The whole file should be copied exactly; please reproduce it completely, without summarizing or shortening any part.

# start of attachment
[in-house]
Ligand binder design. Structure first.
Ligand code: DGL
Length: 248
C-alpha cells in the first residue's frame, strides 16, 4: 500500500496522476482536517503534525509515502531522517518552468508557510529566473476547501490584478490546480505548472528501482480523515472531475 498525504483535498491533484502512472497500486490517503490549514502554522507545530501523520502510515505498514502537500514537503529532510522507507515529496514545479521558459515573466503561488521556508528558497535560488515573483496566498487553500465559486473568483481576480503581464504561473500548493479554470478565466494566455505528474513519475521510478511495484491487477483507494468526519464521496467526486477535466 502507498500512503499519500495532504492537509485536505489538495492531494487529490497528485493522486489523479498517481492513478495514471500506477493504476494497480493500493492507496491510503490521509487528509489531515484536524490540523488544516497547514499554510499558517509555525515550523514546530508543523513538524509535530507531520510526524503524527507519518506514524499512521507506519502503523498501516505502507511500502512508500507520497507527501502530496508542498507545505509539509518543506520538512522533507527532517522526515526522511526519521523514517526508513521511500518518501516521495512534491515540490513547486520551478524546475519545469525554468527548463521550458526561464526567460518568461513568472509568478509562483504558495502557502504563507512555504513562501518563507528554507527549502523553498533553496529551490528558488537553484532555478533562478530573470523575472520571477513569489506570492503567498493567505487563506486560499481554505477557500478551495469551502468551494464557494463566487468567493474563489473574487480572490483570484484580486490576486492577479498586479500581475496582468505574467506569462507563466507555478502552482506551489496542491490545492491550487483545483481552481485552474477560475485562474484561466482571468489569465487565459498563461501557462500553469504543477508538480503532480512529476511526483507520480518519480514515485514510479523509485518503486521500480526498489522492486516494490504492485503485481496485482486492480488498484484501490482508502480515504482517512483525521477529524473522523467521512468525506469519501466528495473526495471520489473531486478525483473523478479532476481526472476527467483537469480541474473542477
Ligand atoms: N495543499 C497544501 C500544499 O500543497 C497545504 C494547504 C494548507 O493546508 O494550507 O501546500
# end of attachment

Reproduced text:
[in-house]
Ligand binder design. Structure first.
Ligand code: DGL
Length: 248
C-alpha cells in the first residue's frame, strides 16, 4: 500500500496522476482536517503534525509515502531522517518552468508557510529566473476547501490584478490546480505548472528501482480523515472531475 498525504483535498491533484502512472497500486490517503490549514502554522507545530501523520502510515505498514502537500514537503529532510522507507515529496514545479521558459515573466503561488521556508528558497535560488515573483496566498487553500465559486473568483481576480503581464504561473500548493479554470478565466494566455505528474513519475521510478511495484491487477483507494468526519464521496467526486477535466 502507498500512503499519500495532504492537509485536505489538495492531494487529490497528485493522486489523479498517481492513478495514471500506477493504476494497480493500493492507496491510503490521509487528509489531515484536524490540523488544516497547514499554510499558517509555525515550523514546530508543523513538524509535530507531520510526524503524527507519518506514524499512521507506519502503523498501516505502507511500502512508500507520497507527501502530496508542498507545505509539509518543506520538512522533507527532517522526515526522511526519521523514517526508513521511500518518501516521495512534491515540490513547486520551478524546475519545469525554468527548463521550458526561464526567460518568461513568472509568478509562483504558495502557502504563507512555504513562501518563507528554507527549502523553498533553496529551490528558488537553484532555478533562478530573470523575472520571477513569489506570492503567498493567505487563506486560499481554505477557500478551495469551502468551494464557494463566487468567493474563489473574487480572490483570484484580486490576486492577479498586479500581475496582468505574467506569462507563466507555478502552482506551489496542491490545492491550487483545483481552481485552474477560475485562474484561466482571468489569465487565459498563461501557462500553469504543477508538480503532480512529476511526483507520480518519480514515485514510479523509485518503486521500480526498489522492486516494490504492485503485481496485482486492480488498484484501490482508502480515504482517512483525521477529524473522523467521512468525506469519501466528495473526495471520489473531486478525483473523478479532476481526472476527467483537469480541474473542477
Ligand atoms: N495543499 C497544501 C500544499 O500543497 C497545504 C494547504 C494548507 O493546508 O494550507 O501546500